It's almost that time again, can you believe it? NaNoWriMo starts November first. And after taking last year off, I've decided I have a goal I want to meet, and NaNo is going to help me do it. I'm just getting started with my prepping (well, sort of), so I thought I'd share my process.
Here's what I personally need in order to have a successful NaNoWriMo experience:
- A Notebook (I like Mead 5-star college ruled, because I'm particular like that.)
- SCRIVENER (They have a 30 day free trial! Perfect for NaNo.)
- Write Or Die (I have the desktop edition, but you can also use it for free online.)
- A set block of writing time each day.
And of course, none of this is even remotely helpful without an idea. Which I have.
So, how do I use these things? I've found that NaNo only works for me when I know exactly what I'm writing. (And by "exactly" I mean, I know what my story is about, the basic plot, and usually the beginning and end - all of which may change once I actually start writing.)
I am not an outliner, but what I do is in the months leading up to NaNo, I fill a notebook with plot ideas, scene ideas, and character info. It's a lot of rambling, but it is SO helpful. And I find that handwriting this, rather than typing it, helps in a couple of ways. One, it feels very free. I'm just playing around. I'm not officially attempting to write a book, which is of course, scary, and difficult. Two, I find that when hand writing, I remember things better, and I tend to sort of ask and answer questions, which helps to flesh out my idea.
Once I've done that, if there's still space in that notebook, I write down a brief description of every scene I know is going to go into the book. If there's not room, I start with a brand new one, because brand new notebooks make me happy. I use this list as my jumping off point for NaNo. I find that if I have a chunk of things that I know I'm going to write, it feels much less scary getting started. Usually these scenes skip over many events I haven't figured out yet and sitting down to write them helps me figure out the rest. (Once I'm on a roll though, I try to save any pre-planned scenes for those days when I feel like I can't possibly write at all.) Also, I find it satisfying to open up that notebook each day and see whch scenes I've already written, and how far I've come. When I get new scene ideas I will also jot them down in the notebook just so that I have them and can cross them off when they're written.
And that means that yes, I'm one of those crazy people that sometimes writes out of order. This is where Scrivener comes in! With Scrivener I can organize as I go. I make each scene I write a separate file in Scrivener which makes dragging them around in index card mode (or just regular binder view) very simple. I also make notes on each scene in the "Documents Notes" section that let me know what information I haven't figured out yet, or what effect this scene has on what I've already written.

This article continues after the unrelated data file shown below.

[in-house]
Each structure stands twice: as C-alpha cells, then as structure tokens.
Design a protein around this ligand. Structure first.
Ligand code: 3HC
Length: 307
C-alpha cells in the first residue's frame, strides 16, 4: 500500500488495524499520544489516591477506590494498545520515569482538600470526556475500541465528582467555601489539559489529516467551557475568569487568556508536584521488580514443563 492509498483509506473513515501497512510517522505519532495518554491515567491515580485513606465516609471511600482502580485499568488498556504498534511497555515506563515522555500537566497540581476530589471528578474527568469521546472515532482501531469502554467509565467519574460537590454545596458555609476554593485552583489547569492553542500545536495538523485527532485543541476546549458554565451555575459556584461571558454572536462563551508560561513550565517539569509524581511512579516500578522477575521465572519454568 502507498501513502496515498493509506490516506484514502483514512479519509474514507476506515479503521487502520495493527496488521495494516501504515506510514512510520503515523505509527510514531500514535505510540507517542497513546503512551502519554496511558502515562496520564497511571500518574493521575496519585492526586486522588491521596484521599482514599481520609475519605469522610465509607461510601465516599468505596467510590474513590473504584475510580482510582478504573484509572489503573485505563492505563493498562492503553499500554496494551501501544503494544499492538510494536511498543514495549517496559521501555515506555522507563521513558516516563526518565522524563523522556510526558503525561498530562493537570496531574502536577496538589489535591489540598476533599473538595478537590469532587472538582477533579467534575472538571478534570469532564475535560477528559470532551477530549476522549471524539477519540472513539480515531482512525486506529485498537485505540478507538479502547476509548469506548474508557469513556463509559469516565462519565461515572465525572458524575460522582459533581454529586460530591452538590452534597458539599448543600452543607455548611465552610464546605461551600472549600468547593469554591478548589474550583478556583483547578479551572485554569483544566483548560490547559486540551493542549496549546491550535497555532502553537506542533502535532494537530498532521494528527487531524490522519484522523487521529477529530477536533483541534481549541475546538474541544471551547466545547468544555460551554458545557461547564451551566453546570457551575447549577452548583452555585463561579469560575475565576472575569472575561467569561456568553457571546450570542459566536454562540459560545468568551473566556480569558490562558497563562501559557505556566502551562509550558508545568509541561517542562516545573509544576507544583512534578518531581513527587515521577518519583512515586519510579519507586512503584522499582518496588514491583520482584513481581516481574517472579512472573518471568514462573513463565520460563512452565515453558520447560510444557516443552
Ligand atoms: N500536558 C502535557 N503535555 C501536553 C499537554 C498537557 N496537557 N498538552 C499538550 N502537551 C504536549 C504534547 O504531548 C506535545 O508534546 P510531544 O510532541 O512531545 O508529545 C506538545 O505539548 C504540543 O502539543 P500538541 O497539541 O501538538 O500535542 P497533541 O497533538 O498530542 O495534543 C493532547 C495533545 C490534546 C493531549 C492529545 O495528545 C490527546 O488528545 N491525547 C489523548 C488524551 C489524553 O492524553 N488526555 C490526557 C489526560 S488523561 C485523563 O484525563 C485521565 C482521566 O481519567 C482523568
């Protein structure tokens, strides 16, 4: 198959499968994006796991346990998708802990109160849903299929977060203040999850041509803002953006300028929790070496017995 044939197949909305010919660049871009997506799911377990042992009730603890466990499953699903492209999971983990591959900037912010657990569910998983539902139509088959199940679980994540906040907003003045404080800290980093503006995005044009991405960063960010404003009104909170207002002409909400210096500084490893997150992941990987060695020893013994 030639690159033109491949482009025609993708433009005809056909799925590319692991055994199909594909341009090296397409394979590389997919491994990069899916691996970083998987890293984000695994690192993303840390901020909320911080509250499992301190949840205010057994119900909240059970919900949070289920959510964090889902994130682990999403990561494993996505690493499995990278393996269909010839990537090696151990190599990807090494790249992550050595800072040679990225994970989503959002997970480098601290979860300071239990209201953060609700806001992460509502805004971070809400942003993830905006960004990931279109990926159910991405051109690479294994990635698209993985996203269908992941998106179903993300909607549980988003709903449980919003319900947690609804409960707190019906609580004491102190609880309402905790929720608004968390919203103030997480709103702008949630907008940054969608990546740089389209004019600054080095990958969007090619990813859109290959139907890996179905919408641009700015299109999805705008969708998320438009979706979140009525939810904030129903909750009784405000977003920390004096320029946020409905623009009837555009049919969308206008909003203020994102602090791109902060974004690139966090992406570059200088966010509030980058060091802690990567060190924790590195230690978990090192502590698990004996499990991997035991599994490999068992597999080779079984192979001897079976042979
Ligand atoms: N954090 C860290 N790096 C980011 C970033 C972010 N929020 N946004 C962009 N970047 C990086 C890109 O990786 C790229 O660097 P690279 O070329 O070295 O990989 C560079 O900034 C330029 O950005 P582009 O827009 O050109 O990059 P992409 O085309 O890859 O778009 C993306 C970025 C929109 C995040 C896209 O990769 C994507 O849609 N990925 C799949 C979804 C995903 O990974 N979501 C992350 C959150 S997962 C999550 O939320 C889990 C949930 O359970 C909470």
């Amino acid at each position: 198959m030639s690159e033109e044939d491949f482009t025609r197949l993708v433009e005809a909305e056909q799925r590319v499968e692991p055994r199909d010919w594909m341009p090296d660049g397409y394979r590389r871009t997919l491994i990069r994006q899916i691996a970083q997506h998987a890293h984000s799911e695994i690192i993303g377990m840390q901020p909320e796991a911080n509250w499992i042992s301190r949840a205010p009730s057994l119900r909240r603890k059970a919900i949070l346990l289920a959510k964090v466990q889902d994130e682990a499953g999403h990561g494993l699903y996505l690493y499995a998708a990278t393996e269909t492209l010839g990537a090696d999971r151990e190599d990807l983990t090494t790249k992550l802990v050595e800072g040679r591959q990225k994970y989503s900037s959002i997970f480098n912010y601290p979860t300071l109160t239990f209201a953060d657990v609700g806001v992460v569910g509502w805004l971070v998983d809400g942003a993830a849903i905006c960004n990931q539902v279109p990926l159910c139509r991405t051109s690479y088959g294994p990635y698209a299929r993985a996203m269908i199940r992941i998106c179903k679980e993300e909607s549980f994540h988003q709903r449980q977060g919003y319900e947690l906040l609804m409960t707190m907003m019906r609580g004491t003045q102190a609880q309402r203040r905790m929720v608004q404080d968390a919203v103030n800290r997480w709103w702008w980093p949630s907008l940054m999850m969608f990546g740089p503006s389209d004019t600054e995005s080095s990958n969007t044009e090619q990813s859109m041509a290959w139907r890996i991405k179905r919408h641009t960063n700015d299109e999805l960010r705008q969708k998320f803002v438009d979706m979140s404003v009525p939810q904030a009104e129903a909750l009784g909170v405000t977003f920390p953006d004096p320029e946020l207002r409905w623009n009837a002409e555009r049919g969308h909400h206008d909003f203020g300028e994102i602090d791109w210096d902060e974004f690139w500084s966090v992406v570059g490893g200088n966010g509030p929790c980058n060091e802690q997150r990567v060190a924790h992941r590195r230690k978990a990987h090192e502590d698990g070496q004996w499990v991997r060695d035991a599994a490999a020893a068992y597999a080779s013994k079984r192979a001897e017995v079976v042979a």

So how do I get those scenes written? I like Write Or Die. (Write Or Die is a writing app that you type in. It counts your words and prompts you with flashing colors and awful sounds, and even deleting your text if you're brave enough to use kamikaze, whenever you stop typing and start staring into space.) I usually set it at 40 minutes and 1000 words on "Normal". I find if I have a general idea of the scene I'm writing, I can keep writing all the way through, and often I will go over the 1k, or I will write more than one scene to reach that 1k with time to spare. When I'm less certain about what I'm writing, I'll do 500 words and 20-25 minutes. The prompting from Write Or Die is usually enough to kick me back into writing. I find that I can get more done by not stopping and trying to find the absolute perfect word. And a lot of times I discover that by having to write something, I end up figuring things out I would've spent hours pondering.
And that brings me to my final necessity. Time. I have to set up a specific time each day where I do this writing. I like first thing in the morning. I will sit down at the computer with my coffee, and my ideas fresh from sleep and just type those 1666 words until I'm done. I don't go over what I wrote the day before first, although usually I'll wake up with thoughts on what to do next fresh on my mind. And I find if I address those first, I'm more focused than if I've checked my email, and read blogs, and seen what's going on on twitter. I'm not normally this disciplined, but it's something about the idea that it's just for one month, that allows me to do this.
And that's my approach to NaNoWriMo. How do you NaNo? Do you find it easier to focus during that month than other times of the year?